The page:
I've made spelling mistakes and factual mistakes in the classroom. I've tried things that just didn't work or that just didn't interest the children like I thought it would.

I think about how to take advantage of mistakes when I make them - showing the children that we all make mistakes and mistakes help us learn. I think about how plan to avoid general mistakes. I think about how to laugh when I make them and how to encourage when kids make them. Making mistakes is a great way to learn. So often, children are afraid to be wrong, to make mistakes. But I hope to create classrooms that welcome mistakes and use them for more learning.

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Posted by on in Education Leadership

“Great organizations demand a high level of commitment by the people involved.”
– Bill Gates

Vision (eyesight) is one of our five senses, eyesight is how ‘sighted’ people get input from the world around us. Eyesight is something that I do NOT take for granted, especially due to personal circumstances over the past six months. In this blog post I am going to draw parallels to my personal experiences with my vision and the concept of Vision in terms of organizational growth and change.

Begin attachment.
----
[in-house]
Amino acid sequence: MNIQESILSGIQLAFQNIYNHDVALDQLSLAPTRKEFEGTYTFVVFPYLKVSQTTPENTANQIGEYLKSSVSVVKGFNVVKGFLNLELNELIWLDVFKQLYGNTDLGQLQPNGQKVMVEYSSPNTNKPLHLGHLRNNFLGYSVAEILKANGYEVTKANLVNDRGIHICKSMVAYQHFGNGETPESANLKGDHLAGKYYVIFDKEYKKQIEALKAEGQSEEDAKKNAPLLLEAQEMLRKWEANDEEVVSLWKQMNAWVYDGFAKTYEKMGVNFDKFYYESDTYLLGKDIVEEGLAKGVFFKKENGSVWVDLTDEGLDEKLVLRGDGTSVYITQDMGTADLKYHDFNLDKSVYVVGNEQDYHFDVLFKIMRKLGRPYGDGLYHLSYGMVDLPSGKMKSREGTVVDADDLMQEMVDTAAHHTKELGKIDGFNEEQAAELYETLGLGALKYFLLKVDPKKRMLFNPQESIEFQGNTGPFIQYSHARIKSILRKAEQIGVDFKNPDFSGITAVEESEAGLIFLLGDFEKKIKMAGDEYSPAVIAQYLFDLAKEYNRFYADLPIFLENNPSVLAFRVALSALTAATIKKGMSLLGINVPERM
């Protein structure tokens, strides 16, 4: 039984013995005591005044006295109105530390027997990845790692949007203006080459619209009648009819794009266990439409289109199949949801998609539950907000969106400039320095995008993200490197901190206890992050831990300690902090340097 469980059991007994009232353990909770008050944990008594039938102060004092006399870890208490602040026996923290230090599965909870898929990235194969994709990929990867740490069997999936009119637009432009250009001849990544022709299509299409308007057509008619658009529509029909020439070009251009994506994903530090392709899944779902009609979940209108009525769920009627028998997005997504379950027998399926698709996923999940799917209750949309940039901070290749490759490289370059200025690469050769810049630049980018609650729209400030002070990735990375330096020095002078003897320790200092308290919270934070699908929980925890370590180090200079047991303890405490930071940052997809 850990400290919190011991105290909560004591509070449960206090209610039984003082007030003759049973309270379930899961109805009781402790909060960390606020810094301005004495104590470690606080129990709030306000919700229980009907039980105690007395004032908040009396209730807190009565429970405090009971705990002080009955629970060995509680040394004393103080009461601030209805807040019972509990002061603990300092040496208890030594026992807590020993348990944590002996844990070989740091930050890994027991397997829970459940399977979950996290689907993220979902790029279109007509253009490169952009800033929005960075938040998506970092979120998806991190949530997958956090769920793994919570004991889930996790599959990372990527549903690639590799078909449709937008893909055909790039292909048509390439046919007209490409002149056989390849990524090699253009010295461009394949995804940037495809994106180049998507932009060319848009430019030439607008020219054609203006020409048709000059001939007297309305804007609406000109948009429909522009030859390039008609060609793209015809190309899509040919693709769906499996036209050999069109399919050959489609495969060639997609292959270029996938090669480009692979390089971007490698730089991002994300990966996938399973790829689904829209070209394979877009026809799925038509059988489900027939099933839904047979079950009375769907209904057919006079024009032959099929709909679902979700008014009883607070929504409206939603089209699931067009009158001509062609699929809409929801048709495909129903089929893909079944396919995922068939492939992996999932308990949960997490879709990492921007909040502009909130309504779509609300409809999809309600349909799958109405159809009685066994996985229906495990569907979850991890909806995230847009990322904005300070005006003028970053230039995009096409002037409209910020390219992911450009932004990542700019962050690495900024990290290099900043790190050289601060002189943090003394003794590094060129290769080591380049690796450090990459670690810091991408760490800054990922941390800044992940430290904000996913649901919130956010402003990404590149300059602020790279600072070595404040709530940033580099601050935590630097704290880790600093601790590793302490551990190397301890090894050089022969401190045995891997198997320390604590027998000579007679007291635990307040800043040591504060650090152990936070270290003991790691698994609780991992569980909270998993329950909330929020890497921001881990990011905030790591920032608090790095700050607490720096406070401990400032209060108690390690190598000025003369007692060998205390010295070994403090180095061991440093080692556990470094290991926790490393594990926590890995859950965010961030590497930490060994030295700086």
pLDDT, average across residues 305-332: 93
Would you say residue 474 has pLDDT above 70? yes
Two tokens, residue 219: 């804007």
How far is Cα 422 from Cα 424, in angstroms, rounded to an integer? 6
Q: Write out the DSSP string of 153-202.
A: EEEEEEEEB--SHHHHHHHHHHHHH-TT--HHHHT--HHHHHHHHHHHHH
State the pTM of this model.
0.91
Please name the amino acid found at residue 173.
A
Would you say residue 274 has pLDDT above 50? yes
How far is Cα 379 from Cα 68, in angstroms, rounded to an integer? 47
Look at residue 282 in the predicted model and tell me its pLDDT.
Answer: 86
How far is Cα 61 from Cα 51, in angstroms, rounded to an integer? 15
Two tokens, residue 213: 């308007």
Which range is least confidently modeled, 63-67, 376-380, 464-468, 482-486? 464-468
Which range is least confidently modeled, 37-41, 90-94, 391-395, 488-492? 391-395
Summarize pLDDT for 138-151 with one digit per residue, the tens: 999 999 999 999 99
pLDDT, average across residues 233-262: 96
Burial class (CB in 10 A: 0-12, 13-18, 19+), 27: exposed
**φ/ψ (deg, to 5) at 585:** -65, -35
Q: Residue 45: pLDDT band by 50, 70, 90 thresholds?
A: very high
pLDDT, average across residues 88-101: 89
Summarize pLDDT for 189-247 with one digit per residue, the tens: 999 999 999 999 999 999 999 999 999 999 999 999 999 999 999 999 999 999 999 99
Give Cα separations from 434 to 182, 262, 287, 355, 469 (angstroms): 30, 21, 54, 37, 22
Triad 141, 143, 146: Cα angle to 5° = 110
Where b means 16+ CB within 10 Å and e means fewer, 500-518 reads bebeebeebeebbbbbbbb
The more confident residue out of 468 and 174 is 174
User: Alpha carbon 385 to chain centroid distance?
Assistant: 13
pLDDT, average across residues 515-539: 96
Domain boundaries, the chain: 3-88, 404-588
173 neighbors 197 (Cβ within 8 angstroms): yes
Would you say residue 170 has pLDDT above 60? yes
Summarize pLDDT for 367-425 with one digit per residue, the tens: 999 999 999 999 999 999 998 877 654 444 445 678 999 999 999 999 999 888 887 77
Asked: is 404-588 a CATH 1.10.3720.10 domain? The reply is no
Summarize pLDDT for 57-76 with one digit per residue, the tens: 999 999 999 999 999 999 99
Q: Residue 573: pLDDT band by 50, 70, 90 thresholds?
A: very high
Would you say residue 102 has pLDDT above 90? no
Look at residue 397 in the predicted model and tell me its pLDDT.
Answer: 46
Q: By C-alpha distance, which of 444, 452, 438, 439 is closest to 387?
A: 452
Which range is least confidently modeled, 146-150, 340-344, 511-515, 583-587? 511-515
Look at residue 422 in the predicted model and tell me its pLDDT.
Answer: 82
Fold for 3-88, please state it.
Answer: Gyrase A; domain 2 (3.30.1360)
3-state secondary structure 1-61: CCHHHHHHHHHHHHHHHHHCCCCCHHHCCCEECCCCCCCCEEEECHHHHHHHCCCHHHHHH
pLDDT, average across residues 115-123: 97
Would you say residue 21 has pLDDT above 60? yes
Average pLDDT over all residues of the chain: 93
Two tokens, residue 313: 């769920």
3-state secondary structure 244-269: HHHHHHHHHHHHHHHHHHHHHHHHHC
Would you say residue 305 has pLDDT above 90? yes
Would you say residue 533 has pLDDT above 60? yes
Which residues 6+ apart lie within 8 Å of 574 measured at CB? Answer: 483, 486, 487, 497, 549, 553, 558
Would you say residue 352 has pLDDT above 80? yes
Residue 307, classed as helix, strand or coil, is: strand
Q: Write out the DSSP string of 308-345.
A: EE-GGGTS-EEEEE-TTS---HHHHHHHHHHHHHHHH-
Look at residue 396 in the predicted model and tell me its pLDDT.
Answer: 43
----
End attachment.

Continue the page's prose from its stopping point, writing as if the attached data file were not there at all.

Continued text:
For 35 years I wore eyeglasses to correct my vision – correct as in meaning to improve sight. Sight in terms of what I could see with focus, distance, depth, perception, etc. I could still “see” without glasses, but my “vision” was distorted. With a distorted vision, I was not able to fully “see” or take in the world. The change I needed to make in my life was the change to wear glasses to “correct” my vision.

Often our vision needs to be corrected so that change and new methods can be embraced for improvement